New method for the production of the compounds with anti-cancer activity, Arglabin and Parthenolide

Wageningen University is seeking commercial partners interested in producing the anti-cancer compounds Parthenolide, Hydroxy-Parthenolide and Arglabin through microbial production platforms and/or plants expressing their biosynthesis genes.

Summary

Parthenolide and Arglabin occurs naturally in plants, such as Tanacetum parthenium (Feverfew) and Artemisia glabella (smooth Wormwood) and show strong anti-cancer activity (Guzman et. al, Blood. 2005; 105(11): 4163–4169). Dimethylaminoparthenolide is currently in phase I clinical trials and Arglabin dimethylamino adduct is a registered antitumor substance in the Republic of Kazakhstan. The lack of water-solubility and bioavailability limits so far the potential of Parthenolide as a drug.

To solubilize Parthenolide and Arglabin, extra and intensive chemical steps are needed to develop dimethylaminoparthenolide or the Arglabin derivative (Arglabin dimethylamino adduct). The lack of knowledge on the last step in the biosynthesis pathway of Parthenolide and the largely unknown biosynthesis of Arglabin blocked up to now the potential to directly produce these compounds via biotechnological production platforms, based for example on micro-organisms.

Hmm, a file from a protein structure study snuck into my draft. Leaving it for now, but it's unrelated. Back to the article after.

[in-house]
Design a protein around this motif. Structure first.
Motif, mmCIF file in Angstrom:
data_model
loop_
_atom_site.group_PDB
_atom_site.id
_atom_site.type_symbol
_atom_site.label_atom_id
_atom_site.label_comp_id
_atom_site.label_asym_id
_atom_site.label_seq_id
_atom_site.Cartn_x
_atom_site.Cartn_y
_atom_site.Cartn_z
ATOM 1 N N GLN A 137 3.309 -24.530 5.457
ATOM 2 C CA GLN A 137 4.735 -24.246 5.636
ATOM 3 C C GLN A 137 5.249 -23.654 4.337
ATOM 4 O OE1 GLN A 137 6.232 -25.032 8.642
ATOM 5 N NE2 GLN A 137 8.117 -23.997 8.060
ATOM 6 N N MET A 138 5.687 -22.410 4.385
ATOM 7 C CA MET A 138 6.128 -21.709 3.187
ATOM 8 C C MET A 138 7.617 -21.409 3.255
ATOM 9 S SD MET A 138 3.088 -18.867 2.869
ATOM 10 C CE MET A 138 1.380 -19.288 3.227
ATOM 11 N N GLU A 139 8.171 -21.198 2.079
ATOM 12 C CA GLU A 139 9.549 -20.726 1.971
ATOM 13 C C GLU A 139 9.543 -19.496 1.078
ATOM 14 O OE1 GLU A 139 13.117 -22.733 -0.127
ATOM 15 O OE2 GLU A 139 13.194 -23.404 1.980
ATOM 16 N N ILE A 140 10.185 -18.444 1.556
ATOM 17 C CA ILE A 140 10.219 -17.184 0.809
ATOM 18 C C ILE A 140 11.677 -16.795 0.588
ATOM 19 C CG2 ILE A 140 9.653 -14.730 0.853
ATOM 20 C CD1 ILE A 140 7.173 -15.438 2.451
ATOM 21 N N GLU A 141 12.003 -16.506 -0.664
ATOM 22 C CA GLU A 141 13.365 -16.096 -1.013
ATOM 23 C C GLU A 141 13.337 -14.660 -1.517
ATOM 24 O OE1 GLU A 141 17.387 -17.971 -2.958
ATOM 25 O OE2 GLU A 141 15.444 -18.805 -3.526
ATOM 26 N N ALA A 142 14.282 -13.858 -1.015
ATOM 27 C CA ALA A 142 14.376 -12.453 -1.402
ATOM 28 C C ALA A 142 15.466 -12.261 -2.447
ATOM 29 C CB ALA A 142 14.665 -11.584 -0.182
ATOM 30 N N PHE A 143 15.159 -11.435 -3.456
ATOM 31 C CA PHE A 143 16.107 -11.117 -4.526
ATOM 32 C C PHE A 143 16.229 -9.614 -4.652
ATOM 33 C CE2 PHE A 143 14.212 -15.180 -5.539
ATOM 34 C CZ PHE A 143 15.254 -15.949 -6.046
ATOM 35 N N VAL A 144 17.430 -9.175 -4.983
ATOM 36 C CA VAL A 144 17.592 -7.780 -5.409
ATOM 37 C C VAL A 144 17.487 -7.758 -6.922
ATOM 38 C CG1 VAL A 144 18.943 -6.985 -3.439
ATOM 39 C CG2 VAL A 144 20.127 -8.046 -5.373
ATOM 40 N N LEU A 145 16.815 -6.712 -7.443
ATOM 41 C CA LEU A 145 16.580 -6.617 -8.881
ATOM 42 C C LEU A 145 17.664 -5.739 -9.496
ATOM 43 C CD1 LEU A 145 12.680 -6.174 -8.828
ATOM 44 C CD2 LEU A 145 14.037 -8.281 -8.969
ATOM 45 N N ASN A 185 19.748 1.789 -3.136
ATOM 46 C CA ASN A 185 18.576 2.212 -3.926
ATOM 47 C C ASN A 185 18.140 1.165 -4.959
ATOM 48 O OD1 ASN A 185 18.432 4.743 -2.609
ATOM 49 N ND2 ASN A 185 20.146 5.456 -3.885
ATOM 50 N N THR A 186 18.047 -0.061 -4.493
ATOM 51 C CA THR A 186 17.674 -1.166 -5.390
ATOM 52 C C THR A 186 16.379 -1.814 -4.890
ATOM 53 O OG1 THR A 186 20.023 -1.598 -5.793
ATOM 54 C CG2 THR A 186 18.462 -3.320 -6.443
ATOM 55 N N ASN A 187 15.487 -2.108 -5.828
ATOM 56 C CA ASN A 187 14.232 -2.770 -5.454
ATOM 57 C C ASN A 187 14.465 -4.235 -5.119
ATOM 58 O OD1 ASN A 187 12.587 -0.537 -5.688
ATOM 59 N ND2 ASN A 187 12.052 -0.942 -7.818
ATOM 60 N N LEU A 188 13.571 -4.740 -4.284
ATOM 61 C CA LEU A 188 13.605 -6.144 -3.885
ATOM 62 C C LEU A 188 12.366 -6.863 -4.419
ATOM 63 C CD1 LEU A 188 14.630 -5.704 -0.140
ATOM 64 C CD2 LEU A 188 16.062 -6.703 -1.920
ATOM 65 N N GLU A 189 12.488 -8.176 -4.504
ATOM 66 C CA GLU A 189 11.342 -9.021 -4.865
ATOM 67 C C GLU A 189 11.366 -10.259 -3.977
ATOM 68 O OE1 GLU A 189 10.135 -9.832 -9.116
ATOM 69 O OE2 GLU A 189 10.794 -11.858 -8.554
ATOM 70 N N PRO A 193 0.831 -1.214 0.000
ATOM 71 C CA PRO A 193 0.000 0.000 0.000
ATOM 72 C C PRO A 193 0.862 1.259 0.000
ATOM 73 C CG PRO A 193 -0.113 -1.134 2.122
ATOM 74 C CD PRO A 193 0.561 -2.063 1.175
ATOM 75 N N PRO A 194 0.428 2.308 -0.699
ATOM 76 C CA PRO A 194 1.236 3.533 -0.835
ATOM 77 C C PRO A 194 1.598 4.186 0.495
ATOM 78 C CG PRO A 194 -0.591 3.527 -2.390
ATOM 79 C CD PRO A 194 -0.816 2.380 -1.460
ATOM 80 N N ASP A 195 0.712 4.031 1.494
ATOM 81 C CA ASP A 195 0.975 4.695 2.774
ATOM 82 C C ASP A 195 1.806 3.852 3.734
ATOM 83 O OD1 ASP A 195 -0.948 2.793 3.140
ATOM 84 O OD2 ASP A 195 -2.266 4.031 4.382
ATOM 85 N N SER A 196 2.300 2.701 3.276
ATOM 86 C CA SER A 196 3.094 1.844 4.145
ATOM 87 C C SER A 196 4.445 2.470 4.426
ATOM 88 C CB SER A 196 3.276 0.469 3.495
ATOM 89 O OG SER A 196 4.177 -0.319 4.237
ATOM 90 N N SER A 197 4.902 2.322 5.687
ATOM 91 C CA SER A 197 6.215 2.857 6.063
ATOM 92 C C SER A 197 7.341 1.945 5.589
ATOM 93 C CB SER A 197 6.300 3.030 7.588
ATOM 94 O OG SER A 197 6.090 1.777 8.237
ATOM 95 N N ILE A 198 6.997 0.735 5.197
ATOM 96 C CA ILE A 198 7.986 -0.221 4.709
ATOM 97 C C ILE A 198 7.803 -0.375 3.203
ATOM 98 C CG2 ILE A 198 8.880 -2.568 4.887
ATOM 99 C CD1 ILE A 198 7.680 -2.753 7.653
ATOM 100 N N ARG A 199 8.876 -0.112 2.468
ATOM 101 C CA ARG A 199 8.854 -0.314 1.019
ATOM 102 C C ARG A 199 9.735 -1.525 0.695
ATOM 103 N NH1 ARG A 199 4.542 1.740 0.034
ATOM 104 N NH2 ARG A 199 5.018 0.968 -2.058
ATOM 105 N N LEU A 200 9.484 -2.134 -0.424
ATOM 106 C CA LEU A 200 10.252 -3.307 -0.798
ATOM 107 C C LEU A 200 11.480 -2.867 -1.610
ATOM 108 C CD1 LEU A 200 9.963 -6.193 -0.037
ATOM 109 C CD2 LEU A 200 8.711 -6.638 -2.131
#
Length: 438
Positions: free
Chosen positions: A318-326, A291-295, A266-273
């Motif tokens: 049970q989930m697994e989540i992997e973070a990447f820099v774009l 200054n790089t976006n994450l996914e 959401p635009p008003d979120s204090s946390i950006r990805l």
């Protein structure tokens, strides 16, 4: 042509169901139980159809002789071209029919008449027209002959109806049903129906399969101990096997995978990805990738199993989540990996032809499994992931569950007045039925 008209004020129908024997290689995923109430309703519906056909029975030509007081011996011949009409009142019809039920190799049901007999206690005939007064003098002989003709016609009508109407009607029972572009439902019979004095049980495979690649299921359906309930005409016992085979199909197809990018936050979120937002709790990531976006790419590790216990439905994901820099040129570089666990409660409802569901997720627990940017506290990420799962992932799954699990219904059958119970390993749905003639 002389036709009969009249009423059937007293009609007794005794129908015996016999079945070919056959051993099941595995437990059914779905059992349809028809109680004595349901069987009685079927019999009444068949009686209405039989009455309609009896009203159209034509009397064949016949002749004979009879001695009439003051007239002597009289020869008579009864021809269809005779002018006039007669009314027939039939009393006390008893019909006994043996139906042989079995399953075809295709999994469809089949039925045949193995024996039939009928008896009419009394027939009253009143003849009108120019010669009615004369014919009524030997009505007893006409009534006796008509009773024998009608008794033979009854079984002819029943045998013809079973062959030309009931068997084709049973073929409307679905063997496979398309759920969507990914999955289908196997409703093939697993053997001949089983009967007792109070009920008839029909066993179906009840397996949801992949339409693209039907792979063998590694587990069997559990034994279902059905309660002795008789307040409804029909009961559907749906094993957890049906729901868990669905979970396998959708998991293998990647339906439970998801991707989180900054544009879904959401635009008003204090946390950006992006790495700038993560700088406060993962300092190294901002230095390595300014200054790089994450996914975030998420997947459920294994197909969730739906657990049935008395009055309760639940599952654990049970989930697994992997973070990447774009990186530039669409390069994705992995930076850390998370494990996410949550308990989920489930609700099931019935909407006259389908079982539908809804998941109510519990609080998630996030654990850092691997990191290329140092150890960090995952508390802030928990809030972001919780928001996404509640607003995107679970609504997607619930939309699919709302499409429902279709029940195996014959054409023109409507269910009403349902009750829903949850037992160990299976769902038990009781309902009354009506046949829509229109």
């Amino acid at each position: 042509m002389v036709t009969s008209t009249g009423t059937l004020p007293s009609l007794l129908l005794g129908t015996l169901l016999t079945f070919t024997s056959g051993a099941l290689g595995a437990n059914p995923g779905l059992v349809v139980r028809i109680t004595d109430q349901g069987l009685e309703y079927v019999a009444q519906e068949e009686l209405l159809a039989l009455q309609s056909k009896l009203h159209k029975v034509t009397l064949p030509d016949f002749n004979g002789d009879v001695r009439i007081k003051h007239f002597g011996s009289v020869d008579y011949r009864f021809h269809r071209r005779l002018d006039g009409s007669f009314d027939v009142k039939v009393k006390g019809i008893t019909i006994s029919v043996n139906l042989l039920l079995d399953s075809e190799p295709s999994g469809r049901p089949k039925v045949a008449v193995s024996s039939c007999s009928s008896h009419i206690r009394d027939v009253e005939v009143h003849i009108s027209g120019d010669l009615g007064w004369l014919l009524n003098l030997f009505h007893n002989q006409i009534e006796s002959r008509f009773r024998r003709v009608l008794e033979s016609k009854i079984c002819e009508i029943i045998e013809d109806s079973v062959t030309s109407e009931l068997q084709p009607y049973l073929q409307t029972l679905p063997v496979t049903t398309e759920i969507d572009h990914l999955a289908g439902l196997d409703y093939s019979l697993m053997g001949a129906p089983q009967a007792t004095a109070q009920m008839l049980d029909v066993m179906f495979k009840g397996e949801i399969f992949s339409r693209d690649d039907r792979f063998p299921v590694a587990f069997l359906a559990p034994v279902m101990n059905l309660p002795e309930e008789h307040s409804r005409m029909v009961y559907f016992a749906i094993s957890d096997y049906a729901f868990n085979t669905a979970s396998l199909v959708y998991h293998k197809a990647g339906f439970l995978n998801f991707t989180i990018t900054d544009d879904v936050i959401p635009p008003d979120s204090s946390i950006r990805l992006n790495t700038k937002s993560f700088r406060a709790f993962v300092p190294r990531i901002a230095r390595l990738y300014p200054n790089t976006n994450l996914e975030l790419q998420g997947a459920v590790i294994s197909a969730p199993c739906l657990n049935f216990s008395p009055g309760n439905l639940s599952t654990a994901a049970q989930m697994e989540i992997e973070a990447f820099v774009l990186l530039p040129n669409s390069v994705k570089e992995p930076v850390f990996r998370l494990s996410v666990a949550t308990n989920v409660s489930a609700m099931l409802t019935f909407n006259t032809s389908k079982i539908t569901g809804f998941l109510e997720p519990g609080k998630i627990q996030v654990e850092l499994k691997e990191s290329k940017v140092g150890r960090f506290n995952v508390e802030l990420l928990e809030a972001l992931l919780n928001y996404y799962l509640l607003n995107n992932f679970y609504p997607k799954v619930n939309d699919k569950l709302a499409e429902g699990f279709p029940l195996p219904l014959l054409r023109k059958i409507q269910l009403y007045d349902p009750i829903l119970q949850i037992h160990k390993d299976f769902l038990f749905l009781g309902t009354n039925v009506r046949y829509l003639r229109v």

The invention

Wageningen University scientists have identified from Feverfew and Wormwood plants the key genes in the biosynthesis of Parthenolide, water-soluble Parthenolide (Hydroxy-Parthenolide) and Arglabin. When the genes are expressed in yeast and in Nicotiana benthamiana plants, both systems are able to produce de novo Parthenolide, the water-soluble Hydroxy-Parthenolide and Arglabin.

Applications

Development of genetically modified plants and/or microbial production platforms for contained, continuous and direct production of the potentially anti-cancer compounds Parthenolide - in its water-soluble form - and Arglabin.

Benefits

  • Provides biosynthesis genes for the production of Parthenolide in its water-soluble form and Arglabin
  • May simplify the production of these potential anti-cancer compounds
  • May form the basis of a continuous, efficient production process
  • Production can be optimised and improved to cut costs

Stage of development

Development phase – laboratory tested. Yeast and plants were transformed with the genes and they successfully produced the target compounds.